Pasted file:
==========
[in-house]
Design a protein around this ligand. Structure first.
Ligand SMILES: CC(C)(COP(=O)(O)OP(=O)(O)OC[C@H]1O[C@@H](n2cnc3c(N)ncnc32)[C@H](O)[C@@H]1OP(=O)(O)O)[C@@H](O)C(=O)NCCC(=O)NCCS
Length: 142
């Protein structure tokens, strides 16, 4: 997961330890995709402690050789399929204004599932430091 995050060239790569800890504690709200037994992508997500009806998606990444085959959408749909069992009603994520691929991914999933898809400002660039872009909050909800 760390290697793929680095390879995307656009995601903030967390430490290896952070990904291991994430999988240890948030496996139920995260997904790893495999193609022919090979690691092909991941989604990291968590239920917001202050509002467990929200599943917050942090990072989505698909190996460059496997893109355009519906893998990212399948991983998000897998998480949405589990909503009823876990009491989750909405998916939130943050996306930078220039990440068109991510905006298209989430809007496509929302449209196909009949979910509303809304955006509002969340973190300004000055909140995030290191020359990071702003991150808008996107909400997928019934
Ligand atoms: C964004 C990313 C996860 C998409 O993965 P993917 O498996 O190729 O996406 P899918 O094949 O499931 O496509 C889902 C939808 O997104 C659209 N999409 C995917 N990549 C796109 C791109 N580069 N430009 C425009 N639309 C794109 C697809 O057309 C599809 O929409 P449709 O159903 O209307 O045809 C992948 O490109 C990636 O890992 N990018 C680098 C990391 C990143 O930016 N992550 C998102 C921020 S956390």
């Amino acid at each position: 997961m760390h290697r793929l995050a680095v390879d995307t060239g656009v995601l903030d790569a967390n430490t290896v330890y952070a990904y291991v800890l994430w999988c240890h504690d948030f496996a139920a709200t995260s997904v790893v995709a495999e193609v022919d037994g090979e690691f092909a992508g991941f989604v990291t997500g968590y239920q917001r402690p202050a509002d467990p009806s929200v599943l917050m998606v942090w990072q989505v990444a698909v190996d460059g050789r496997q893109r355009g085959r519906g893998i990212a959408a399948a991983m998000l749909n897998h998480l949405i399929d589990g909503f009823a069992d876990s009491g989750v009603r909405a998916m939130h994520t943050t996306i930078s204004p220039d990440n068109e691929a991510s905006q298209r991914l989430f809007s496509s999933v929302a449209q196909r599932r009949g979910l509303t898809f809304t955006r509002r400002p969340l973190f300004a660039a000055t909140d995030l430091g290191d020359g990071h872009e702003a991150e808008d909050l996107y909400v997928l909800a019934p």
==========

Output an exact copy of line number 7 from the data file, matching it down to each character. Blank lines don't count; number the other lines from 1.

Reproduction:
């Amino acid at each position: 997961m760390h290697r793929l995050a680095v390879d995307t060239g656009v995601l903030d790569a967390n430490t290896v330890y952070a990904y291991v800890l994430w999988c240890h504690d948030f496996a139920a709200t995260s997904v790893v995709a495999e193609v022919d037994g090979e690691f092909a992508g991941f989604v990291t997500g968590y239920q917001r402690p202050a509002d467990p009806s929200v599943l917050m998606v942090w990072q989505v990444a698909v190996d460059g050789r496997q893109r355009g085959r519906g893998i990212a959408a399948a991983m998000l749909n897998h998480l949405i399929d589990g909503f009823a069992d876990s009491g989750v009603r909405a998916m939130h994520t943050t996306i930078s204004p220039d990440n068109e691929a991510s905006q298209r991914l989430f809007s496509s999933v929302a449209q196909r599932r009949g979910l509303t898809f809304t955006r509002r400002p969340l973190f300004a660039a000055t909140d995030l430091g290191d020359g990071h872009e702003a991150e808008d909050l996107y909400v997928l909800a019934p």